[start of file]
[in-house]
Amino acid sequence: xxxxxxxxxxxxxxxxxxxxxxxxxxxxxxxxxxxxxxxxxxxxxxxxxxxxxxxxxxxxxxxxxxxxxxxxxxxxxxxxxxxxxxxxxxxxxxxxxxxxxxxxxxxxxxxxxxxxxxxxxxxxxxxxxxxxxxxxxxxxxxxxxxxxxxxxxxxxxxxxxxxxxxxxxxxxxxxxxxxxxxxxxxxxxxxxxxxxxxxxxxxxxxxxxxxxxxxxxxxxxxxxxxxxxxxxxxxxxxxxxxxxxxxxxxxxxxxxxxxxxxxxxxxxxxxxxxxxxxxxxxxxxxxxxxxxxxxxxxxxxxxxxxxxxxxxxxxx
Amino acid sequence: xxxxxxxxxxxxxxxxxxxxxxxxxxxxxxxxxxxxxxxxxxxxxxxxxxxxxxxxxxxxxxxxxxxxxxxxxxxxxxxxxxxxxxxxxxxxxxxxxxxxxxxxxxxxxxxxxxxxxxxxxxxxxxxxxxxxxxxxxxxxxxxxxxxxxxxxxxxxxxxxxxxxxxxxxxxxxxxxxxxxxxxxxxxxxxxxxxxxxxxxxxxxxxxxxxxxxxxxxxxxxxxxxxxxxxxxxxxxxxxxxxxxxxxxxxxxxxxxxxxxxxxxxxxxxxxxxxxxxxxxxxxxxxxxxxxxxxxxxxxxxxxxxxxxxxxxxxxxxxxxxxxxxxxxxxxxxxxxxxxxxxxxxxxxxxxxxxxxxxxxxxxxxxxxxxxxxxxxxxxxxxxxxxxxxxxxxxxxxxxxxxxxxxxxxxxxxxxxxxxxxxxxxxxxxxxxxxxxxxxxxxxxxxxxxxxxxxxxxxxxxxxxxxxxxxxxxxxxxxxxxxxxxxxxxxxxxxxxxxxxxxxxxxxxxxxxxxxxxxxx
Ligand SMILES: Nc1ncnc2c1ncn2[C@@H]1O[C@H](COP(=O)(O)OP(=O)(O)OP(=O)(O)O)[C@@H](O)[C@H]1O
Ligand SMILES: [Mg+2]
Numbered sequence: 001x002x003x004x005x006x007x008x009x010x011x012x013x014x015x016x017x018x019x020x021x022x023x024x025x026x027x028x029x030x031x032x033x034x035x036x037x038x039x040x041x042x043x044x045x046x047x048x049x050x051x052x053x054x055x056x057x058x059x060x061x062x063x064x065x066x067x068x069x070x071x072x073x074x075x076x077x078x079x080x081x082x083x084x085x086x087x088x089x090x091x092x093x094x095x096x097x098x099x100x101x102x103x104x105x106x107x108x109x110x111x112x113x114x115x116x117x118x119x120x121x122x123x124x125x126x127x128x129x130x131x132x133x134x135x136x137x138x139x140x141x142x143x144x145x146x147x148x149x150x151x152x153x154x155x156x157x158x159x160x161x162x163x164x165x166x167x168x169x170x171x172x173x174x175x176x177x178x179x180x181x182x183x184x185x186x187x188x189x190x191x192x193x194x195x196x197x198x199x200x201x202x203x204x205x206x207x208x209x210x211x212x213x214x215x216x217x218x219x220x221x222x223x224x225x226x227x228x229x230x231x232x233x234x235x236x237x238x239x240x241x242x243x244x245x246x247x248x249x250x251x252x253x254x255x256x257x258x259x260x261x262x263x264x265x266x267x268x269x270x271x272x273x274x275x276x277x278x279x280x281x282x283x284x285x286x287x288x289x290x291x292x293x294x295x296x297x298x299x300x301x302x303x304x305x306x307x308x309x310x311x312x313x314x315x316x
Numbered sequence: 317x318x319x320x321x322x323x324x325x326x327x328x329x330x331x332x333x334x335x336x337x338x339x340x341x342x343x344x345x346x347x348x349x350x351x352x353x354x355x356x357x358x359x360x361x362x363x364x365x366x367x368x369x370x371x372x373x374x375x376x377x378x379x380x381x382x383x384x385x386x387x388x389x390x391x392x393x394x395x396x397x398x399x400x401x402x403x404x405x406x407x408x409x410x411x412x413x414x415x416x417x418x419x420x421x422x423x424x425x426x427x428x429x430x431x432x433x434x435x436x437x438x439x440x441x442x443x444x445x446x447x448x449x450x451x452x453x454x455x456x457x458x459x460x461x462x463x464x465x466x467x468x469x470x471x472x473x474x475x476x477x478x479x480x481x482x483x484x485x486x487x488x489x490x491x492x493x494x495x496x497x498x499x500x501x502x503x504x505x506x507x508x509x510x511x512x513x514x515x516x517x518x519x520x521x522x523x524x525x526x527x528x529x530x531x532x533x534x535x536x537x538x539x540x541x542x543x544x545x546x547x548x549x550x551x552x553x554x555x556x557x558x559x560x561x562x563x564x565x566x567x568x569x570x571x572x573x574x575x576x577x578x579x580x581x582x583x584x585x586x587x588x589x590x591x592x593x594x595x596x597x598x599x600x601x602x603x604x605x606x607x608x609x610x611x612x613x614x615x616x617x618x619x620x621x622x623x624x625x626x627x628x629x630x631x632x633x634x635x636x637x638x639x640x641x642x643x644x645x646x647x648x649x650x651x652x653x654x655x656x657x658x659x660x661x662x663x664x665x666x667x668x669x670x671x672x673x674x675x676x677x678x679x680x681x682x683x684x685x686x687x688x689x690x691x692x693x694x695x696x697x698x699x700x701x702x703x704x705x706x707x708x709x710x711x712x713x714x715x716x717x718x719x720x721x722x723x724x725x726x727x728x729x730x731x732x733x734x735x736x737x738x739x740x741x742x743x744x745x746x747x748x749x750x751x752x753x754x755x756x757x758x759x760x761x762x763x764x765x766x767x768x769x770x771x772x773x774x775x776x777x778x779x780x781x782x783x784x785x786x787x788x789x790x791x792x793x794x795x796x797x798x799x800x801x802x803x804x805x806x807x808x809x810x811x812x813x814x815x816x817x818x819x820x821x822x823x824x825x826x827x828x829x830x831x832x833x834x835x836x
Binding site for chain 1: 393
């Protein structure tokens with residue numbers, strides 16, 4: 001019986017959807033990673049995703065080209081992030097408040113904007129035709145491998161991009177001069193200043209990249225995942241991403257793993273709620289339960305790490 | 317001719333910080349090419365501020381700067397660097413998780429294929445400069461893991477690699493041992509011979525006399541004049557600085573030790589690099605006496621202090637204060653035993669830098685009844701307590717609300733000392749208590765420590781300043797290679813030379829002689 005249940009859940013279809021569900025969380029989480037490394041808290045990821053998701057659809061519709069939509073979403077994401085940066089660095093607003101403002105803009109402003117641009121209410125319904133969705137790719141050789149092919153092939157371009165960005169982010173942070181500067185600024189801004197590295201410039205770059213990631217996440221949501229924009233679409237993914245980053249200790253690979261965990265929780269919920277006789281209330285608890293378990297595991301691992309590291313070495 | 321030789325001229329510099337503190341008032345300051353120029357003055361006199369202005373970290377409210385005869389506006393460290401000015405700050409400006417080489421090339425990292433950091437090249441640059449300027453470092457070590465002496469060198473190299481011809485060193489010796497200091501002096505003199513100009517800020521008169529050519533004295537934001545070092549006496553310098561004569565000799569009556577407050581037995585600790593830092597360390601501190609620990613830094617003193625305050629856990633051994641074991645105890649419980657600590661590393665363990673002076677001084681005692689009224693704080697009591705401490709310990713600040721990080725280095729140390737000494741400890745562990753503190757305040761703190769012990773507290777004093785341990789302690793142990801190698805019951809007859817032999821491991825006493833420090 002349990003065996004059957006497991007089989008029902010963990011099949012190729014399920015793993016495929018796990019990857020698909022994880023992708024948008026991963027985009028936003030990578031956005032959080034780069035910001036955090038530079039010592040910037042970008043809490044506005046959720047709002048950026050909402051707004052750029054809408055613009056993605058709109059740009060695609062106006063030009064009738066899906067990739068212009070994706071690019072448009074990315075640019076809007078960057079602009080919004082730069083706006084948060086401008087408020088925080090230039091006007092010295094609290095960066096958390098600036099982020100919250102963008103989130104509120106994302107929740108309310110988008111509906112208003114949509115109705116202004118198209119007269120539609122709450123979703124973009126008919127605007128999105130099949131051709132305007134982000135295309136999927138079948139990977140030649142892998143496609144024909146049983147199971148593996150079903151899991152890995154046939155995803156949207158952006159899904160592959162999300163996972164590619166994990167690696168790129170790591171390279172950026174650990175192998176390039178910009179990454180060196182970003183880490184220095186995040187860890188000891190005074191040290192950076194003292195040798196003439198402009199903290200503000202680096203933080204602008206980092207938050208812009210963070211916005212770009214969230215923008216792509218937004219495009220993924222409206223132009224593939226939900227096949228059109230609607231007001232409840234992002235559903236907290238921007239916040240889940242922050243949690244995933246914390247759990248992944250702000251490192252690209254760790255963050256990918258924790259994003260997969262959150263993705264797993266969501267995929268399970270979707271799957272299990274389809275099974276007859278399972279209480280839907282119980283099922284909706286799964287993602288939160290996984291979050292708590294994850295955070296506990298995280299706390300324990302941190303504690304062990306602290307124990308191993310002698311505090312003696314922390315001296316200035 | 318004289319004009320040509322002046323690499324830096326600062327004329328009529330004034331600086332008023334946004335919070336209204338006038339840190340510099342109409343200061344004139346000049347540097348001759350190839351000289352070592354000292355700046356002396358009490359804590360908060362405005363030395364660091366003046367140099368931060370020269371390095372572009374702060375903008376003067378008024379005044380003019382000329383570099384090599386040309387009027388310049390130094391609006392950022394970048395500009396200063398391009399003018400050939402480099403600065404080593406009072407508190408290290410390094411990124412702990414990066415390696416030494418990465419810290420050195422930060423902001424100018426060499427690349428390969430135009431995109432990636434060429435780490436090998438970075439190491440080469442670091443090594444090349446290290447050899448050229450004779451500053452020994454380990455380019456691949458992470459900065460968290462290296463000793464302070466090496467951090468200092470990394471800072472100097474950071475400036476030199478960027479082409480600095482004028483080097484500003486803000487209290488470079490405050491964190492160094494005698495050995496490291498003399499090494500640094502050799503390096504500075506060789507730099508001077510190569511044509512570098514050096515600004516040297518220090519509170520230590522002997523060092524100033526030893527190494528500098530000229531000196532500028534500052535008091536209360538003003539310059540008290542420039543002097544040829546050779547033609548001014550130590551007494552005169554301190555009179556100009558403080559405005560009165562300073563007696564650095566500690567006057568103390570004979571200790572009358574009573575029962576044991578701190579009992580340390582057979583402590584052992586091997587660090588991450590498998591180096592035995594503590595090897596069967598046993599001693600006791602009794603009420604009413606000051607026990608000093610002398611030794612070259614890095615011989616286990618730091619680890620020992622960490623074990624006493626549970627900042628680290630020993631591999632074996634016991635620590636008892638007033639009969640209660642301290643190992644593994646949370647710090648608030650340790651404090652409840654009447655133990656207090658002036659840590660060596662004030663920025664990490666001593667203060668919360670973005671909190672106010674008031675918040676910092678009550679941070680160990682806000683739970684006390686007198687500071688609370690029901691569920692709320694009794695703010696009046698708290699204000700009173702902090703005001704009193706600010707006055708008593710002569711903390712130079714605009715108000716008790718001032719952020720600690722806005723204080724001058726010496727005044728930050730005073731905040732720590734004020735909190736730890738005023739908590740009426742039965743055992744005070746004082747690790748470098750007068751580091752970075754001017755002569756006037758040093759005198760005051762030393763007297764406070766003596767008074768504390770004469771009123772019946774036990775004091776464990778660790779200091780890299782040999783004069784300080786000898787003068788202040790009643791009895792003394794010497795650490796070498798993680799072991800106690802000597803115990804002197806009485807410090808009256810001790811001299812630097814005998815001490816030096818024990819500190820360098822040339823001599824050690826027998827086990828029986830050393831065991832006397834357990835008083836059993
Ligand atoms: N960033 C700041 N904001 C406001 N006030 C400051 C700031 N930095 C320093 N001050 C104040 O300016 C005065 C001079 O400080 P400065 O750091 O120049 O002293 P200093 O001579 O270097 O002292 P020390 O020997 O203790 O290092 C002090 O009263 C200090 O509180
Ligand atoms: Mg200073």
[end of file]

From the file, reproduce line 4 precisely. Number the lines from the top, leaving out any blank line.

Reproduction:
Ligand SMILES: Nc1ncnc2c1ncn2[C@@H]1O[C@H](COP(=O)(O)OP(=O)(O)OP(=O)(O)O)[C@@H](O)[C@H]1O